No. Why should it? Livingstone was asked if there are going to be a large amount of tall buildings built in the next few years and he replied that the rate of building was not going to change. He then gave an example of one tall building which had been rejected. He never said why it had been rejected. It just served as an example to illustrate that not every tall building gets permission. Where was the lie? Well done for rooting through the mayors report, but your accusations are thin. You are within your rights to question whether he has been misleading, but to run with the headline that he told lies about it is actually libelous.

  3. maggie says:

    Tall buildings are not cool (literally). They have to be air-conditioned as the pressure differences that arise in even relatively low winds at heigher levels means that the windows cannot be opened as the pressure differences would blow out the windows on the other side of the building! (Little known fact). Air conditioning equals energy. This means greenhouse gasses which leads to global warming… This is a conservative (no pun intended) logical argument.
    Ecologically-aware countries such as Switzerland have long required natural ventilation in new office buildings. We will end up there sooner or later as enrgy costs sprial making it too expensive to inhabit elaborately sealed and air-conditioned buildings such as The Leaf.
    We must be forward looking, rather than creating another white elephant (look at all the empty moderalty-high-rise office blick along the A4 in Brentford! Central Ealing hardly needs more empty office space!
    Furthermore, we must consider the impact that high-rise “social housing” will have over time. Low-cost implies low budgets available to maintain it in future. Are we not getting rid of tower blocks in Ealing’s public sector housing and replacing it with low-rise buildings–and these disappearing tower-blaock council house buildings have high bedgets for their upkeep!
    Are we not in danger in repeating the mistakes of the sixties and seventies with this rise social housing in the Leaf Anyway? what is the difference between a council tower block of the seventies, and a pirvately-owned toware block with “social housing”–is this not in essence repeating the mistakes of the sixties and the seventies?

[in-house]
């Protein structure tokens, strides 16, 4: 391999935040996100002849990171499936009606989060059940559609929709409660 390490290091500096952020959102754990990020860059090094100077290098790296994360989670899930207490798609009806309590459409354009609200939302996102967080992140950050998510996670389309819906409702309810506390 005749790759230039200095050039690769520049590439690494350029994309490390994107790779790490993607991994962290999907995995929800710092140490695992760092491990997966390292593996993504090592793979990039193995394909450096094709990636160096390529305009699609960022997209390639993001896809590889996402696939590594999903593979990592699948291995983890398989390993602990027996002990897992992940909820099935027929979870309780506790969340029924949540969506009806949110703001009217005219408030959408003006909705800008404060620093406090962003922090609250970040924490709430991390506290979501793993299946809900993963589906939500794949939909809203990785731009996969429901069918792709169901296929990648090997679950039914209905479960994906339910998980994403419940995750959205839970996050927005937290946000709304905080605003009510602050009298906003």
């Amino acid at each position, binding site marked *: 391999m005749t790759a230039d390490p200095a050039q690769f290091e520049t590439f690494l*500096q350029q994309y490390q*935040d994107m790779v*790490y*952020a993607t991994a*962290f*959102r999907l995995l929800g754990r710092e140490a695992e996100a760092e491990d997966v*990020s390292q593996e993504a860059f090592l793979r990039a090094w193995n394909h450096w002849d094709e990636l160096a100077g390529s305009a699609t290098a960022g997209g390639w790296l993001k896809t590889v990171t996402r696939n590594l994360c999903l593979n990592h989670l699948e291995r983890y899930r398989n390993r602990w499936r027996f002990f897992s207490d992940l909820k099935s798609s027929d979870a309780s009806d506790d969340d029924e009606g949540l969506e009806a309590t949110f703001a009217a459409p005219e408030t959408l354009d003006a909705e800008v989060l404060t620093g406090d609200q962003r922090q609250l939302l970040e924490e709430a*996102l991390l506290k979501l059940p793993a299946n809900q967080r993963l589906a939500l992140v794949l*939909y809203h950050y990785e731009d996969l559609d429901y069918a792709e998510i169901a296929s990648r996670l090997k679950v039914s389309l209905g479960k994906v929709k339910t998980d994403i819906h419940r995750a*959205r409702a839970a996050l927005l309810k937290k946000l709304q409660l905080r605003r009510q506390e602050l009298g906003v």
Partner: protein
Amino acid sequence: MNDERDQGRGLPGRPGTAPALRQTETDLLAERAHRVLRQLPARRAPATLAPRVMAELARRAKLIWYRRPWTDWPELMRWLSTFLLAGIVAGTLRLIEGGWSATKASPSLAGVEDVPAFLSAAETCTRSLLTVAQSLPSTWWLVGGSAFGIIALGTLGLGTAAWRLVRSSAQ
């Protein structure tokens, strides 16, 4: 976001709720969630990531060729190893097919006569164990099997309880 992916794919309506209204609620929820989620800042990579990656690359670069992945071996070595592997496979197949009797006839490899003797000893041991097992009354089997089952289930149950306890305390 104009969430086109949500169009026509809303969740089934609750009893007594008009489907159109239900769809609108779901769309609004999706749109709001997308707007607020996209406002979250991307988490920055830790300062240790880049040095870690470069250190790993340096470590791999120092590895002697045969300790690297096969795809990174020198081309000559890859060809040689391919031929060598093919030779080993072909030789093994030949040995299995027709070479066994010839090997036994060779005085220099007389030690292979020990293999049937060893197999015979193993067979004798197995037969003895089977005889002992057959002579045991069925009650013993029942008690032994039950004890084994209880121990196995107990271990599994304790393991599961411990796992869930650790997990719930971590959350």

Another point to note, is tha these high-rise buildings are built with a twenty-year life span in mind for the interiors: note how the twoer blacks around Euston Station had to be gutted and re-fitted completely at the end of this sort of life cycle.
    What we need is low-rise, naturally-ventilated housing and shops built with people, rather than an investment analyst’s spreadsheet in mind.
    On a final note: if Ken speaks of several high-rise in seven years, that would extrapolate to, say, about a hundred over a hundred years (all needing gutting and refurbishing every twenty to thirty years–or REPLACEMENT which actually works out cheaper than gutting and re-ftting–believe it or not!)
    I think that it is time that Ealing (as a community) looked towards a more realistic view of what could be done in Ealing that was actually SUSTAINABLE! We have plenty of disintegrating unsustainable modernity in Ealing (Shopping centre, Arcadia Cenrre, Villiers House over Ealing Broadway Station, Tower Blocks on the South Acton Estate, Toweer Blocks on the Green Man Estate in West Ealing… the list is endless) let’s stop that right now.
    Maggie.